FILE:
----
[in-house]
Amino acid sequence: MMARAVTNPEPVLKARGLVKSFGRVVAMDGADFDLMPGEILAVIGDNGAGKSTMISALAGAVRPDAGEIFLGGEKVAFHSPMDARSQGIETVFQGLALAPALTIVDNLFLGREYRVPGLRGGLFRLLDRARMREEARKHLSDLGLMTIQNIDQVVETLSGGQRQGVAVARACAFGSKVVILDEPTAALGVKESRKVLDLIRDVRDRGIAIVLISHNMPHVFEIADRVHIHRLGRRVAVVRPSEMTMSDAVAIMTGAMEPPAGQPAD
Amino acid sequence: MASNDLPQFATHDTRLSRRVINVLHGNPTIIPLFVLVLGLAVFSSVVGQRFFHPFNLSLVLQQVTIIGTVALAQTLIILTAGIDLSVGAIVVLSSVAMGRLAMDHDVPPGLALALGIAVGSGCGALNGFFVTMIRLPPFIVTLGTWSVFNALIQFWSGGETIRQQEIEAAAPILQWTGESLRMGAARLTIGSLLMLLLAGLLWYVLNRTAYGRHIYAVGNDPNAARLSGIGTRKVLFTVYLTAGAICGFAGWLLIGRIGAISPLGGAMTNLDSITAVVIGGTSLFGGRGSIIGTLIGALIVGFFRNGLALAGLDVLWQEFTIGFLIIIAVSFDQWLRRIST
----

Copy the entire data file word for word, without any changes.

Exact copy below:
[in-house]
Amino acid sequence: MMARAVTNPEPVLKARGLVKSFGRVVAMDGADFDLMPGEILAVIGDNGAGKSTMISALAGAVRPDAGEIFLGGEKVAFHSPMDARSQGIETVFQGLALAPALTIVDNLFLGREYRVPGLRGGLFRLLDRARMREEARKHLSDLGLMTIQNIDQVVETLSGGQRQGVAVARACAFGSKVVILDEPTAALGVKESRKVLDLIRDVRDRGIAIVLISHNMPHVFEIADRVHIHRLGRRVAVVRPSEMTMSDAVAIMTGAMEPPAGQPAD
Amino acid sequence: MASNDLPQFATHDTRLSRRVINVLHGNPTIIPLFVLVLGLAVFSSVVGQRFFHPFNLSLVLQQVTIIGTVALAQTLIILTAGIDLSVGAIVVLSSVAMGRLAMDHDVPPGLALALGIAVGSGCGALNGFFVTMIRLPPFIVTLGTWSVFNALIQFWSGGETIRQQEIEAAAPILQWTGESLRMGAARLTIGSLLMLLLAGLLWYVLNRTAYGRHIYAVGNDPNAARLSGIGTRKVLFTVYLTAGAICGFAGWLLIGRIGAISPLGGAMTNLDSITAVVIGGTSLFGGRGSIIGTLIGALIVGFFRNGLALAGLDVLWQEFTIGFLIIIAVSFDQWLRRIST